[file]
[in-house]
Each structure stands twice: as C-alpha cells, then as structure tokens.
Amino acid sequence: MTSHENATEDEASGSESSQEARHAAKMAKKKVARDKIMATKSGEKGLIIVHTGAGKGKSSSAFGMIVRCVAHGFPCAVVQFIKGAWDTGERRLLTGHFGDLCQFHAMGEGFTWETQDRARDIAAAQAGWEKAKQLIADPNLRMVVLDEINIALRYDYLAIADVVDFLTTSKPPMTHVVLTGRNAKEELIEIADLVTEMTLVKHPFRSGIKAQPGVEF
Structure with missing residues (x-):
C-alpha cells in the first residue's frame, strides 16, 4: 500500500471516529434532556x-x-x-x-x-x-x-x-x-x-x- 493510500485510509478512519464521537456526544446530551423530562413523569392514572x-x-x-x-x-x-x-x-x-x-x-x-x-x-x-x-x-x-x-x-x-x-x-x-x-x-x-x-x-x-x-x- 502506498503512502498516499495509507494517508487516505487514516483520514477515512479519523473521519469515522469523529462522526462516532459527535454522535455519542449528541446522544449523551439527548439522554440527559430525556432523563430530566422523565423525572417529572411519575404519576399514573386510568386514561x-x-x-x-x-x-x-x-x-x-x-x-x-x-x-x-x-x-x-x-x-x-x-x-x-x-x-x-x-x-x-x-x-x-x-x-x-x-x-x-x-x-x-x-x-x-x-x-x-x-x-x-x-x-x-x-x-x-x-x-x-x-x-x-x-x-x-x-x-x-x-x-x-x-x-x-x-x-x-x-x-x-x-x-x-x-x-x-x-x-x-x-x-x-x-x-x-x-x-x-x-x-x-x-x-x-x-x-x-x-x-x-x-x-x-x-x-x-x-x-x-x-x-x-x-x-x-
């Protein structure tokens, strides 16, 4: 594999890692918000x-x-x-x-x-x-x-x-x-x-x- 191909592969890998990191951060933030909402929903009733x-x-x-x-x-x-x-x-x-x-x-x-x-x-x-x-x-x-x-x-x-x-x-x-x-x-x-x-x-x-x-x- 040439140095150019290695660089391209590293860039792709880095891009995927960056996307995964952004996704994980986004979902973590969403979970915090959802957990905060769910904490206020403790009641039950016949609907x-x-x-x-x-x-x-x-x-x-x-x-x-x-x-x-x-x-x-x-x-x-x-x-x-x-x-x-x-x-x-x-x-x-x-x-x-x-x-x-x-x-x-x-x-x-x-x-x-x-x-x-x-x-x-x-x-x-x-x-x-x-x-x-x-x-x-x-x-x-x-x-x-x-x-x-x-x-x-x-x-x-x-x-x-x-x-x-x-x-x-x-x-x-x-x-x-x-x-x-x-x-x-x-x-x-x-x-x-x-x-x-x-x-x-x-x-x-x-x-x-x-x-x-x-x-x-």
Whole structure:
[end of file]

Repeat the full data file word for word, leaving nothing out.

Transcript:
[in-house]
Each structure stands twice: as C-alpha cells, then as structure tokens.
Amino acid sequence: MTSHENATEDEASGSESSQEARHAAKMAKKKVARDKIMATKSGEKGLIIVHTGAGKGKSSSAFGMIVRCVAHGFPCAVVQFIKGAWDTGERRLLTGHFGDLCQFHAMGEGFTWETQDRARDIAAAQAGWEKAKQLIADPNLRMVVLDEINIALRYDYLAIADVVDFLTTSKPPMTHVVLTGRNAKEELIEIADLVTEMTLVKHPFRSGIKAQPGVEF
Structure with missing residues (x-):
C-alpha cells in the first residue's frame, strides 16, 4: 500500500471516529434532556x-x-x-x-x-x-x-x-x-x-x- 493510500485510509478512519464521537456526544446530551423530562413523569392514572x-x-x-x-x-x-x-x-x-x-x-x-x-x-x-x-x-x-x-x-x-x-x-x-x-x-x-x-x-x-x-x- 502506498503512502498516499495509507494517508487516505487514516483520514477515512479519523473521519469515522469523529462522526462516532459527535454522535455519542449528541446522544449523551439527548439522554440527559430525556432523563430530566422523565423525572417529572411519575404519576399514573386510568386514561x-x-x-x-x-x-x-x-x-x-x-x-x-x-x-x-x-x-x-x-x-x-x-x-x-x-x-x-x-x-x-x-x-x-x-x-x-x-x-x-x-x-x-x-x-x-x-x-x-x-x-x-x-x-x-x-x-x-x-x-x-x-x-x-x-x-x-x-x-x-x-x-x-x-x-x-x-x-x-x-x-x-x-x-x-x-x-x-x-x-x-x-x-x-x-x-x-x-x-x-x-x-x-x-x-x-x-x-x-x-x-x-x-x-x-x-x-x-x-x-x-x-x-x-x-x-x-
């Protein structure tokens, strides 16, 4: 594999890692918000x-x-x-x-x-x-x-x-x-x-x- 191909592969890998990191951060933030909402929903009733x-x-x-x-x-x-x-x-x-x-x-x-x-x-x-x-x-x-x-x-x-x-x-x-x-x-x-x-x-x-x-x- 040439140095150019290695660089391209590293860039792709880095891009995927960056996307995964952004996704994980986004979902973590969403979970915090959802957990905060769910904490206020403790009641039950016949609907x-x-x-x-x-x-x-x-x-x-x-x-x-x-x-x-x-x-x-x-x-x-x-x-x-x-x-x-x-x-x-x-x-x-x-x-x-x-x-x-x-x-x-x-x-x-x-x-x-x-x-x-x-x-x-x-x-x-x-x-x-x-x-x-x-x-x-x-x-x-x-x-x-x-x-x-x-x-x-x-x-x-x-x-x-x-x-x-x-x-x-x-x-x-x-x-x-x-x-x-x-x-x-x-x-x-x-x-x-x-x-x-x-x-x-x-x-x-x-x-x-x-x-x-x-x-x-």
Whole structure: